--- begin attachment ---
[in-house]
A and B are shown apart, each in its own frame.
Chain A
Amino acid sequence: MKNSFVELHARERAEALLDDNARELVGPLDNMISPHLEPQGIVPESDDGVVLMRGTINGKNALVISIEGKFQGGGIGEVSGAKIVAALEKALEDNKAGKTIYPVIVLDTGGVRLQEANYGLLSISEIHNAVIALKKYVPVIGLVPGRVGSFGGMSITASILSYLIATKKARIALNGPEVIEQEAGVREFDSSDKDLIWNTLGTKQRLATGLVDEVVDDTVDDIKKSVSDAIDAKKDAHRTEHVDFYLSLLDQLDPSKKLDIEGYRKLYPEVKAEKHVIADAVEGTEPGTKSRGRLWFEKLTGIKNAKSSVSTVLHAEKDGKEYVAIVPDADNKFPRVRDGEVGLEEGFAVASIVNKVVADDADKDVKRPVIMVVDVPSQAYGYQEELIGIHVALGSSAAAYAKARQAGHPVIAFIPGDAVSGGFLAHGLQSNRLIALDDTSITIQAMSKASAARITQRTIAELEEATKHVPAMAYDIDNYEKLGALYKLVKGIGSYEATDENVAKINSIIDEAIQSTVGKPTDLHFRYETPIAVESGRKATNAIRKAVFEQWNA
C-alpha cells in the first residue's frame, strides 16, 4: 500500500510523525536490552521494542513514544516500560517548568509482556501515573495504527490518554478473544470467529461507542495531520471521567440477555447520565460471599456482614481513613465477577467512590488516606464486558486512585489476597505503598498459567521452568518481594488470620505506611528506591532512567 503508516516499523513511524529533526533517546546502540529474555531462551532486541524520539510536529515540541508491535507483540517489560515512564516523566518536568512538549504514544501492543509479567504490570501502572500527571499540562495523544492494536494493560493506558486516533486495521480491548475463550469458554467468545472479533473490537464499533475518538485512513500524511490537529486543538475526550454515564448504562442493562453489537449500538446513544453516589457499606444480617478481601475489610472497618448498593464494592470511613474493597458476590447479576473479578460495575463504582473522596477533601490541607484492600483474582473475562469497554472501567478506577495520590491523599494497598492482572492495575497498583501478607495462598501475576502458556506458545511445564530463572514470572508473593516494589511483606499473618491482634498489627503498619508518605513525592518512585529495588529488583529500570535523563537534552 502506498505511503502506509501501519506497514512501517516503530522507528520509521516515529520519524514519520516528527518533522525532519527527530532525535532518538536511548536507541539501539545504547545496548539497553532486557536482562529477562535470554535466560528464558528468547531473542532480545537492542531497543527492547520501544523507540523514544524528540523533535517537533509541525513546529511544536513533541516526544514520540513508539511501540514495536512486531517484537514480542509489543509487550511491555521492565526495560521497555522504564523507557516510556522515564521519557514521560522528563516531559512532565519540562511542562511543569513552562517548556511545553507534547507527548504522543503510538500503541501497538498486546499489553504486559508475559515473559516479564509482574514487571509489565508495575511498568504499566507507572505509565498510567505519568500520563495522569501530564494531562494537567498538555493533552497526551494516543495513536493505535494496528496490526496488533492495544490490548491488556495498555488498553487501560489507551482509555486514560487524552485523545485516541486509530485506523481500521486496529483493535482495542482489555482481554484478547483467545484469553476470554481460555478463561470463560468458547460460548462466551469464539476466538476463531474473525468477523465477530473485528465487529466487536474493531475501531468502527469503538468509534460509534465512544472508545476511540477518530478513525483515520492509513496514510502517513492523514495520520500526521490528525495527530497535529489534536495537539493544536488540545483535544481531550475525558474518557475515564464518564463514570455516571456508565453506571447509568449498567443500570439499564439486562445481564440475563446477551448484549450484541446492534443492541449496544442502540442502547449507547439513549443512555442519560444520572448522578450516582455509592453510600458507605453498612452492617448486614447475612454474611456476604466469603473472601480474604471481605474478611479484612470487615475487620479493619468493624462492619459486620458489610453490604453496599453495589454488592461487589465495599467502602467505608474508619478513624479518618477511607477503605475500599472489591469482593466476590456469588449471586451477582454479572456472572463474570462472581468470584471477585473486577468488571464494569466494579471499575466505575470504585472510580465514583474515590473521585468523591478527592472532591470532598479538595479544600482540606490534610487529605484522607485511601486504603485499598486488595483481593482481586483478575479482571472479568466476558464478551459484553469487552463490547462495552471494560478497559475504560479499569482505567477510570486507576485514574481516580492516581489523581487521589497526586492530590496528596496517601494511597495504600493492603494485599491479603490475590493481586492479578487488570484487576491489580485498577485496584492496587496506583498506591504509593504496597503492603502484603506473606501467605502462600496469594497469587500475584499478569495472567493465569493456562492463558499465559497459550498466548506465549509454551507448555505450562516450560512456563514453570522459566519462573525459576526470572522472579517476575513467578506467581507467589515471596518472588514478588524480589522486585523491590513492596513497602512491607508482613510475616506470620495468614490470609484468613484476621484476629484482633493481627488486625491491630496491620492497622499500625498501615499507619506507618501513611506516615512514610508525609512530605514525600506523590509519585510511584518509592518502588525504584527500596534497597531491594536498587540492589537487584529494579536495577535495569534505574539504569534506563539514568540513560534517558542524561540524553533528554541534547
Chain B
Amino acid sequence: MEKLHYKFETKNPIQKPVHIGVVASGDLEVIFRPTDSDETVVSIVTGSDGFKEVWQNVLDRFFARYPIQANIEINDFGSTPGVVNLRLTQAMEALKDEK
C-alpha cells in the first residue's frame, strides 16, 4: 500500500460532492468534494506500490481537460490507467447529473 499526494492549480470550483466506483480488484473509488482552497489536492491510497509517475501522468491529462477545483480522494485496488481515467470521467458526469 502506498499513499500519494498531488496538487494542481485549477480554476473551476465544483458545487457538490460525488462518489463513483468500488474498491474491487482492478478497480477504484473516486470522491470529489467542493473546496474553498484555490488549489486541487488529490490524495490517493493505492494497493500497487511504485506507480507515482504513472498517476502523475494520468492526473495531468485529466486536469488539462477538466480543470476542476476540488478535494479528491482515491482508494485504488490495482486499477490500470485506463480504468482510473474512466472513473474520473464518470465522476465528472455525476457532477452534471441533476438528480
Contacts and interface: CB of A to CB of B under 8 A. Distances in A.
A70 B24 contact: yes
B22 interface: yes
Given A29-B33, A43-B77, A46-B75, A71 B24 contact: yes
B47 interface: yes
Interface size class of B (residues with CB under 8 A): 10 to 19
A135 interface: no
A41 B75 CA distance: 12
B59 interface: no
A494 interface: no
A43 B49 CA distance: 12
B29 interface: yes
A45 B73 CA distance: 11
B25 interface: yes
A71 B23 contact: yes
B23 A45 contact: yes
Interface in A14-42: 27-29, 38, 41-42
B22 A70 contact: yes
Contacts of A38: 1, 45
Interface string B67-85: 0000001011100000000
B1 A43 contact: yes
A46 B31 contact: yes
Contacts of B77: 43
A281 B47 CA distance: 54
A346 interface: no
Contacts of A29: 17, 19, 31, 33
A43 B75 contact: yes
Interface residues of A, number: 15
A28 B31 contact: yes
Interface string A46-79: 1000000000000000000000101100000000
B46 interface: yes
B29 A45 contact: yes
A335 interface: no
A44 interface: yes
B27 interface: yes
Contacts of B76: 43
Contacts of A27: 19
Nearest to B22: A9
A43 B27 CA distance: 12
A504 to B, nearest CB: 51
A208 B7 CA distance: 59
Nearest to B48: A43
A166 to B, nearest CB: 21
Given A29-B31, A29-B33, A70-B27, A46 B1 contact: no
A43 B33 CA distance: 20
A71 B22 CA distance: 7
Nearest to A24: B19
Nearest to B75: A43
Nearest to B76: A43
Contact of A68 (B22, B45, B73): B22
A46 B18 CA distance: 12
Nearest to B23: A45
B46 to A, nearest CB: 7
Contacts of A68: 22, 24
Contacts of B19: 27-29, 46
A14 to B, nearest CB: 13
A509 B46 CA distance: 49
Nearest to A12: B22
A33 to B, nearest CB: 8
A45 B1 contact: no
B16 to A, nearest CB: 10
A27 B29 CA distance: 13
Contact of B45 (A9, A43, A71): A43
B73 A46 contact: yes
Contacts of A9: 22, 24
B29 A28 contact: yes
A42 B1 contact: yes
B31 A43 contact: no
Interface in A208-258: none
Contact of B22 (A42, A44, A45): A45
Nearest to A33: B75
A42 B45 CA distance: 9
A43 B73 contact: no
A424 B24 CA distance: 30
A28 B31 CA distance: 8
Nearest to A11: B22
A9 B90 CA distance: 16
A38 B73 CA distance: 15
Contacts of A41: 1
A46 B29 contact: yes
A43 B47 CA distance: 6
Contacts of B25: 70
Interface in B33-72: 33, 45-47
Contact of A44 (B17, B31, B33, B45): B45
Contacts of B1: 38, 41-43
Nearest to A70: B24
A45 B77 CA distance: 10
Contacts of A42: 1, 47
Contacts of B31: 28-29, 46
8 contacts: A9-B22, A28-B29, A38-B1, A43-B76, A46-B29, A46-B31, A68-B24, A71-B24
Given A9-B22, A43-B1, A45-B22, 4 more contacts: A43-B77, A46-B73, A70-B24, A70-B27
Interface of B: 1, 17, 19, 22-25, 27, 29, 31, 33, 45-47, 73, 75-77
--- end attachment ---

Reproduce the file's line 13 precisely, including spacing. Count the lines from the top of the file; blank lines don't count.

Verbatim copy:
B47 interface: yes